I am getting ready to cast on the 24th pattern in Miss Lambert’s My Knitting Book (1843, First Series) which is for a pair of Long Sleeves to Wear Under A Dress. The name of the pattern made me curious as the sleeves seem to be stand alone sleeves and not attached to the actual dress. Was this a fashion of the day? For practical purposes? An extra layer of warmth in the cold and drafty Victorian home? I decided to turn to the internet and see what I could find out about this article of clothing.
First up, it seems that these were also called undersleeves (sleeves worn under a dress), manchettes (French for cuff/wristband), or engageantes. According to the Dictionary of Costume and Fashion: Historic and Modern (Mary Brooks, Picken), engageantes were a more fancy version of undersleeves:
Sleeve trimming consisting of deep double ruffles or puffings of self-material, sheer lace, or muslin; usually concentrated at elbow, sometimes hanging to wrist. Also, hanging under-sleeve with lace cuffs. Fashionable part of woman’s costume during late 17th century. p.117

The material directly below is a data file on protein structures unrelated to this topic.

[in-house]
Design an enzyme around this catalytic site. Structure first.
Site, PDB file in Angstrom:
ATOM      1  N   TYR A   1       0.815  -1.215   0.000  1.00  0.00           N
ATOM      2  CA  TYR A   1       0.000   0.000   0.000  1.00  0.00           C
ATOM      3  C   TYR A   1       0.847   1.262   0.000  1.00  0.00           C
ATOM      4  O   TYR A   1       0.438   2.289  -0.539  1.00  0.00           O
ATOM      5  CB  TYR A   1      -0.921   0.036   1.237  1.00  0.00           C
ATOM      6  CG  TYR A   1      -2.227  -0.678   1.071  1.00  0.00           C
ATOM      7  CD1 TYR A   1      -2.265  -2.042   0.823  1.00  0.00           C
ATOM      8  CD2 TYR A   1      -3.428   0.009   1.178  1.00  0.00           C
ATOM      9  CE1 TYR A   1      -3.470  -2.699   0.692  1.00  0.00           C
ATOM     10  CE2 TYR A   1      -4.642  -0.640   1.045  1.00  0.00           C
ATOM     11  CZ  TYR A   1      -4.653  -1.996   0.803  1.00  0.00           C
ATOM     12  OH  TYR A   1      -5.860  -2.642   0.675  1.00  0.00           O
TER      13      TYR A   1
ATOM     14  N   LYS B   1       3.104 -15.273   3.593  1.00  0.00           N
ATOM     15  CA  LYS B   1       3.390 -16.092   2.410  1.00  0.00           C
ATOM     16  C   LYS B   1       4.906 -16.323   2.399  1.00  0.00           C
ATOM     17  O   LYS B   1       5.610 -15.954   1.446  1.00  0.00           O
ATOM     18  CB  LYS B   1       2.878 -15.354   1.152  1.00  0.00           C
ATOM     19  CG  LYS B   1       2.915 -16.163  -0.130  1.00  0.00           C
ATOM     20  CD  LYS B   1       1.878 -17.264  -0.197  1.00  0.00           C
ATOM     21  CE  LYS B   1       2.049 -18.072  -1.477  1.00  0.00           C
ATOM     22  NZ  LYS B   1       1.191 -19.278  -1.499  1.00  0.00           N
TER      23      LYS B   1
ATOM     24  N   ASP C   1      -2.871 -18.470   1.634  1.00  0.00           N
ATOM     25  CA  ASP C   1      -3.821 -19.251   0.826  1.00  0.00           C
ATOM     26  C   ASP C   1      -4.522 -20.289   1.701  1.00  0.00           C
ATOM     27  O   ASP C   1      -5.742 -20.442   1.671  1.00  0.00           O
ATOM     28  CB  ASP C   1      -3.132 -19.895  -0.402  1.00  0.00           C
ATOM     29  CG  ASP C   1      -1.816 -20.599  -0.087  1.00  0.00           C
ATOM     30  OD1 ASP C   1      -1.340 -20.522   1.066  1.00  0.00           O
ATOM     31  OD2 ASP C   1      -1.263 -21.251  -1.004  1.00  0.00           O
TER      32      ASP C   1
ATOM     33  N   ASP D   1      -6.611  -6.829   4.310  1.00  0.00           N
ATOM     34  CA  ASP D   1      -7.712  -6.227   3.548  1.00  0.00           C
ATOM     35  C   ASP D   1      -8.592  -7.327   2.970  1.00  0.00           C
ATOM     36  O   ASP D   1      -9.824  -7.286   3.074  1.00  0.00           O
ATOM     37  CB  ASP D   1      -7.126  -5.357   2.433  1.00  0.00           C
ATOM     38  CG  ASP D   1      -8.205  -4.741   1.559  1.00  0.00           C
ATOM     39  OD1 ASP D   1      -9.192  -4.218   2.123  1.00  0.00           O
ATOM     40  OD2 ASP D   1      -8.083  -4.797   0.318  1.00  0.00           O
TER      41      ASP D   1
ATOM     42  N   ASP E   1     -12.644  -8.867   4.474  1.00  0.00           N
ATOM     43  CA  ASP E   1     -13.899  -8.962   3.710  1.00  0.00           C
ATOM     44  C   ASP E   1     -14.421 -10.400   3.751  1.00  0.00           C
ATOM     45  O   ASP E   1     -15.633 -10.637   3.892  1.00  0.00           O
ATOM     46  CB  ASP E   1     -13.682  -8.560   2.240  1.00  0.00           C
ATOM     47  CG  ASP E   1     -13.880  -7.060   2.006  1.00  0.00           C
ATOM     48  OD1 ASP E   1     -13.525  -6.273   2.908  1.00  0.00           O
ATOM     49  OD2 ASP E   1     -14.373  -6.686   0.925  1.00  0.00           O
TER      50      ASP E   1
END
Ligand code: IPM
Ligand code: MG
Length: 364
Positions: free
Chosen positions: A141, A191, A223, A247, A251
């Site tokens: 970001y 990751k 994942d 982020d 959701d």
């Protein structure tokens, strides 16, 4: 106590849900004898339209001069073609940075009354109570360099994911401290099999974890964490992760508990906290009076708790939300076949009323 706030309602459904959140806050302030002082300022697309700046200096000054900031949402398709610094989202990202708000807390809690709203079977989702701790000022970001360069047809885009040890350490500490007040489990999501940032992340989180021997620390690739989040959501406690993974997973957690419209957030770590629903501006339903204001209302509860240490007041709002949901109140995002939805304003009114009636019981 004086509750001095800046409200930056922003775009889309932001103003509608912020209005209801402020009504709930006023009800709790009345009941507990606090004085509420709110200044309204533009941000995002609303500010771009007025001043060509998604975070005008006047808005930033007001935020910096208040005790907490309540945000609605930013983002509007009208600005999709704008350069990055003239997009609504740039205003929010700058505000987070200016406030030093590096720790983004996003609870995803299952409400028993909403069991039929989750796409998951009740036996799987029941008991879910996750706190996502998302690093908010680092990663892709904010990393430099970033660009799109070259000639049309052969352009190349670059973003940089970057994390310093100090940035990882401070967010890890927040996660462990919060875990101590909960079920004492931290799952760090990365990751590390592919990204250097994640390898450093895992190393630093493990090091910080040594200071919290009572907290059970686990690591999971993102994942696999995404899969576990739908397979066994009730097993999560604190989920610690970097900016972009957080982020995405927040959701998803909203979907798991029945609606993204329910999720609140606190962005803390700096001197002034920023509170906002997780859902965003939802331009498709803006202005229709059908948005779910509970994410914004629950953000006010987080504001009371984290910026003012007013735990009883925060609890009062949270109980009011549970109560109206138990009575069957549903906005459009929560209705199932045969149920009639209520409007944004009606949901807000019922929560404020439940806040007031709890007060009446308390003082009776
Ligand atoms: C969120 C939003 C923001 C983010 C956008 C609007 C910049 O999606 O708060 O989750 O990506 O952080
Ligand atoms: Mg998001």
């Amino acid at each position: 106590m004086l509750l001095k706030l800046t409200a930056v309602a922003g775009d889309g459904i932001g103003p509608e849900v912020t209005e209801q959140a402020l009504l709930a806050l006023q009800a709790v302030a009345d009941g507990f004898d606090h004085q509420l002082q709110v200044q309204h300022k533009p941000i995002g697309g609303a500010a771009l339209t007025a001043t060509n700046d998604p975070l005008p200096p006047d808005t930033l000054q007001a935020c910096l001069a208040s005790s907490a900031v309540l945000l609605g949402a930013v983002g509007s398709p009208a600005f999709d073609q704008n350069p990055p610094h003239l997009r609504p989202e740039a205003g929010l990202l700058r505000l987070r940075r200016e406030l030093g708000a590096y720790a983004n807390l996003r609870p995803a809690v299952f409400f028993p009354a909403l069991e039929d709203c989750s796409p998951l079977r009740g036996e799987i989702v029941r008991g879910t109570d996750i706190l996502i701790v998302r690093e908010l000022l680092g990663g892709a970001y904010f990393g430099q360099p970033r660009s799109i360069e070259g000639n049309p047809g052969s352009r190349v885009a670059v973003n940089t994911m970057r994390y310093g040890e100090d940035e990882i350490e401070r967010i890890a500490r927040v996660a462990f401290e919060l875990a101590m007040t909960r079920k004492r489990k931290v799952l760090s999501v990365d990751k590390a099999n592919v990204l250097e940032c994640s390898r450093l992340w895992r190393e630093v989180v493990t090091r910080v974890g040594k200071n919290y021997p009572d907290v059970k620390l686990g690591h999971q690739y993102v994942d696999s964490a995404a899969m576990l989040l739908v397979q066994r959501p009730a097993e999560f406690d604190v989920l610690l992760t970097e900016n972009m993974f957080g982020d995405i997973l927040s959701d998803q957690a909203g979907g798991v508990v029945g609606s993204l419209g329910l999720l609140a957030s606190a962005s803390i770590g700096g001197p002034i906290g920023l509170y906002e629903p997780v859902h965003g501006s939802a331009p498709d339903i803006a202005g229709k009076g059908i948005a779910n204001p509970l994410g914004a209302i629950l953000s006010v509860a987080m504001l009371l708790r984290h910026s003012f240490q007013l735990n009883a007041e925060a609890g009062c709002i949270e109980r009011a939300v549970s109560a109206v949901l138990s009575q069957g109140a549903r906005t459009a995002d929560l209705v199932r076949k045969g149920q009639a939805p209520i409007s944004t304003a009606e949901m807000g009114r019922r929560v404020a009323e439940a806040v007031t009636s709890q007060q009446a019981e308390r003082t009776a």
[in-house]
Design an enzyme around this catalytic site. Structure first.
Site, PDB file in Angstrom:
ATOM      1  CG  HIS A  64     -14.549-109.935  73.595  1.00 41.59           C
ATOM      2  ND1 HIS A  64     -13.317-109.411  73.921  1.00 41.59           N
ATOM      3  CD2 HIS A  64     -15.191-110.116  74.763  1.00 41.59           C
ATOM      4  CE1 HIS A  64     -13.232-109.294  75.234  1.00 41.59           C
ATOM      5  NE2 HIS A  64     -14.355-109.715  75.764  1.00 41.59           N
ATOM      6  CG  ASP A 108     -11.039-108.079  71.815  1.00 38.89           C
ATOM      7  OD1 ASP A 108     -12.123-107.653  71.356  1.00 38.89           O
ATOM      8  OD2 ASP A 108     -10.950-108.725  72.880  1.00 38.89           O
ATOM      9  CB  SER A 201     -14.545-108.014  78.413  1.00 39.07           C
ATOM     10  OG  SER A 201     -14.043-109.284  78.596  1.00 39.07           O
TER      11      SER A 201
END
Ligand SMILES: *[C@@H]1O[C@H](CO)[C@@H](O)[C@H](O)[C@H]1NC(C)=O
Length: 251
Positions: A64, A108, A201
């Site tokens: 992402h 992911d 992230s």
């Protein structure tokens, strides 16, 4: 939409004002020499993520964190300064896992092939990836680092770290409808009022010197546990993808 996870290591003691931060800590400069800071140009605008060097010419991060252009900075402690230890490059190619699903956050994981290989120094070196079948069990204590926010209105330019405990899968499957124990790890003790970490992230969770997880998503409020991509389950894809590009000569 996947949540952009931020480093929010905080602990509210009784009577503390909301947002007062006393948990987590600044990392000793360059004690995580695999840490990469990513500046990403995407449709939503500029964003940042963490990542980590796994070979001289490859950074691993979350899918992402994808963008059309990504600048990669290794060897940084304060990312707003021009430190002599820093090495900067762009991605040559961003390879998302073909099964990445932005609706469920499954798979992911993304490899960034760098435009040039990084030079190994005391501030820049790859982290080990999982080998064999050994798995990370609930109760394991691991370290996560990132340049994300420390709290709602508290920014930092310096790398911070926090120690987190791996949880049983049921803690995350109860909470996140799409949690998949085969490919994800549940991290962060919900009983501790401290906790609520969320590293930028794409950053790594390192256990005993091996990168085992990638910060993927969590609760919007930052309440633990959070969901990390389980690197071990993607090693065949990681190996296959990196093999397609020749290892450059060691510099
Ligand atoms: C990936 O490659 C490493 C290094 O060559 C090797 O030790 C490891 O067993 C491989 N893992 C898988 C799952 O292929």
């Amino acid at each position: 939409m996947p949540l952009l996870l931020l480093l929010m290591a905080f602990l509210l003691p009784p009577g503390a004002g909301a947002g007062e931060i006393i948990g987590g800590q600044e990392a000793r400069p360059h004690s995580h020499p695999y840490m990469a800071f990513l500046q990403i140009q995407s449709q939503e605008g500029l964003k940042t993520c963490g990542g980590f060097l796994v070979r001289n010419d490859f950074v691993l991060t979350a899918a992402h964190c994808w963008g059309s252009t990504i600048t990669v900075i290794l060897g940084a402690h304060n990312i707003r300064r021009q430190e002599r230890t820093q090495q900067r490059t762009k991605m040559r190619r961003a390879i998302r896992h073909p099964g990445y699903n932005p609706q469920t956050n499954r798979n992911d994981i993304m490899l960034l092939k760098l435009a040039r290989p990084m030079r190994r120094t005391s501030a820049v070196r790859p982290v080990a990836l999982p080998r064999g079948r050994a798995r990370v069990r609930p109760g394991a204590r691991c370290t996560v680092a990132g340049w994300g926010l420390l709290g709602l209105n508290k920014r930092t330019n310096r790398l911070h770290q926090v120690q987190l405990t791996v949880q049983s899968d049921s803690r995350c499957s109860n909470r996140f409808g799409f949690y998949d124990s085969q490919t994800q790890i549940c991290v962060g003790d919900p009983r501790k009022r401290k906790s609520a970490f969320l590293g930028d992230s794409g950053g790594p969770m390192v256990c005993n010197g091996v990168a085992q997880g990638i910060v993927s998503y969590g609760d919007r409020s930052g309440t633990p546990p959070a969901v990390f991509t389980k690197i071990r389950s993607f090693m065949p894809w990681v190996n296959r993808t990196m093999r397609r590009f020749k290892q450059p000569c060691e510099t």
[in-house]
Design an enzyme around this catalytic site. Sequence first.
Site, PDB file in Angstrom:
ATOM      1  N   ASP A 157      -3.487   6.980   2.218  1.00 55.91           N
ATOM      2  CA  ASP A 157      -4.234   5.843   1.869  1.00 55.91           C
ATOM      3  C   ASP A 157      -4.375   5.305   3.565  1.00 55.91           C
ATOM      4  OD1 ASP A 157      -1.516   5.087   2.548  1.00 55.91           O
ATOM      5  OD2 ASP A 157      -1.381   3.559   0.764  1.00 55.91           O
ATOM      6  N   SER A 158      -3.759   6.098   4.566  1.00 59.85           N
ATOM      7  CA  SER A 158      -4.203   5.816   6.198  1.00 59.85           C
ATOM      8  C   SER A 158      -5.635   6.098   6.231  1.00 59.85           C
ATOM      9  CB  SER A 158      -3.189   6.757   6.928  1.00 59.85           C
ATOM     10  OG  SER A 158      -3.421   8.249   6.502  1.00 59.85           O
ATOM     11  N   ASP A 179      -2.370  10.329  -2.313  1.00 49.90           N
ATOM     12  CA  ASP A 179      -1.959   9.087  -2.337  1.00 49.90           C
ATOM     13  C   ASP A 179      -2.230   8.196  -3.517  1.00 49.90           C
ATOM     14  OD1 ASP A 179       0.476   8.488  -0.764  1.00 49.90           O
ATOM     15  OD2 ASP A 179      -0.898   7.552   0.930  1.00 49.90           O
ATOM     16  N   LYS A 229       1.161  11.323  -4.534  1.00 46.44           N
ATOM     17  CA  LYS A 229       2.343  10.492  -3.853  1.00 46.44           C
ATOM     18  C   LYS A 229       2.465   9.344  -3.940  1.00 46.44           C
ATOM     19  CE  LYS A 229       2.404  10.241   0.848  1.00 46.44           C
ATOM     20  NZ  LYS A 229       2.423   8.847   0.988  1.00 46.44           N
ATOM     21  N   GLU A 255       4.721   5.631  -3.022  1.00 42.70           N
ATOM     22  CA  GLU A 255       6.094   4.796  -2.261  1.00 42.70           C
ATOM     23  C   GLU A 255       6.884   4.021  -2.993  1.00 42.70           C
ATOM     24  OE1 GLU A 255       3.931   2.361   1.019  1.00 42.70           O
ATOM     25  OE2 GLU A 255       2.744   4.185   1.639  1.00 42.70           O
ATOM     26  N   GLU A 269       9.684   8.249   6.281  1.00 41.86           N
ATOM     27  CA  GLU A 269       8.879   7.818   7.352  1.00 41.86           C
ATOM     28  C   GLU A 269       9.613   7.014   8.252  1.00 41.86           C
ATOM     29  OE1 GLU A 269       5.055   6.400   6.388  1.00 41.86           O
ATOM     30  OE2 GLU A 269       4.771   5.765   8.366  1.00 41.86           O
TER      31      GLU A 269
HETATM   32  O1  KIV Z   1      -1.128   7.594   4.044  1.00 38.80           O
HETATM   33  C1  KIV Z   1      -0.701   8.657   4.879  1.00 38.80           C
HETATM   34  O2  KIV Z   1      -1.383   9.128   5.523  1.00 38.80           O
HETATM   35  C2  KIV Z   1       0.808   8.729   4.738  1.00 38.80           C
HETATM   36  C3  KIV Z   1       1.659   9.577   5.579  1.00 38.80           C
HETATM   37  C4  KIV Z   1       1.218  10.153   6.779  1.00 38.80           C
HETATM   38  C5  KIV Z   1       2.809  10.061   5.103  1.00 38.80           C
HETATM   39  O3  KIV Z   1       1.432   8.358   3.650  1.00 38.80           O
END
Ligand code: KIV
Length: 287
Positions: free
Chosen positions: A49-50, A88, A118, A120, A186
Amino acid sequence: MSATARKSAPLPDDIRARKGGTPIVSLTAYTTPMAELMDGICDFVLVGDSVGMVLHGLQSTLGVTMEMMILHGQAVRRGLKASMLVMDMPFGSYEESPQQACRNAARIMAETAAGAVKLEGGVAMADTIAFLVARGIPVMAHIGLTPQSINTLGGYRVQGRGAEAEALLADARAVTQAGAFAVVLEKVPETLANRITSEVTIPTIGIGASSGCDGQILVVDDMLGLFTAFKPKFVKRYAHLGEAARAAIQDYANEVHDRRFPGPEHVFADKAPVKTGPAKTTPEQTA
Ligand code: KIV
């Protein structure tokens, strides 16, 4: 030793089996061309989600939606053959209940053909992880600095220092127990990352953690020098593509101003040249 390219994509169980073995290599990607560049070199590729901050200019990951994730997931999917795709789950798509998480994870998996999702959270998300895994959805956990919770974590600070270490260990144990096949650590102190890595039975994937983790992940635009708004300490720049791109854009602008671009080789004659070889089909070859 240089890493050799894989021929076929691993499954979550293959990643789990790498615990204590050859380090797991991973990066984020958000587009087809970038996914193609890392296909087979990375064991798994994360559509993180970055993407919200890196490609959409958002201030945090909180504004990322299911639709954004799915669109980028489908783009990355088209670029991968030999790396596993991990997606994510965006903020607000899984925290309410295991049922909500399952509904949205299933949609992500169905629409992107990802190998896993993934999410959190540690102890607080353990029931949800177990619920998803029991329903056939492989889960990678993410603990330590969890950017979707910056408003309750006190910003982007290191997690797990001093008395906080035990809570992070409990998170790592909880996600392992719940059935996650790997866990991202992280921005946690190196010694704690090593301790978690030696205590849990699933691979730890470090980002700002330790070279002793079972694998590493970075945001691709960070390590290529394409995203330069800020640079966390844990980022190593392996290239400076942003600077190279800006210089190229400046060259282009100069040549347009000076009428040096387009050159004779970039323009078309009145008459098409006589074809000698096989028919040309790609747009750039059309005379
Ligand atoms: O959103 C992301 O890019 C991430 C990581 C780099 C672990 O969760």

Undersleeves were popular for a number of practical reasons beyond fashion:
- Undersleeves could be easily changed to meet rapidly changing fashions
- Replacing the undersleeves was far less expensive than replacing a dress
- The undersleeves could be detached from dresses for easy washing
- The dress itself did not need to be washed as often
- The sleeves could be easily pinned or tacked to the dress
- Heavier materials could be used in winter as a warm layer
To get a feel for how these undersleeves might have looked in full 1800s costume, I took a look through Pinterest and found some lovely old photographs of women wearing what appear to be knitted undersleeves. My Pinterest page can be found here.
My next step is to read through the pattern carefully, choose my yarn and needles and give it a try!
Please feel free to share this blog post with anyone who you feel might be interested. Comments and input are always welcome!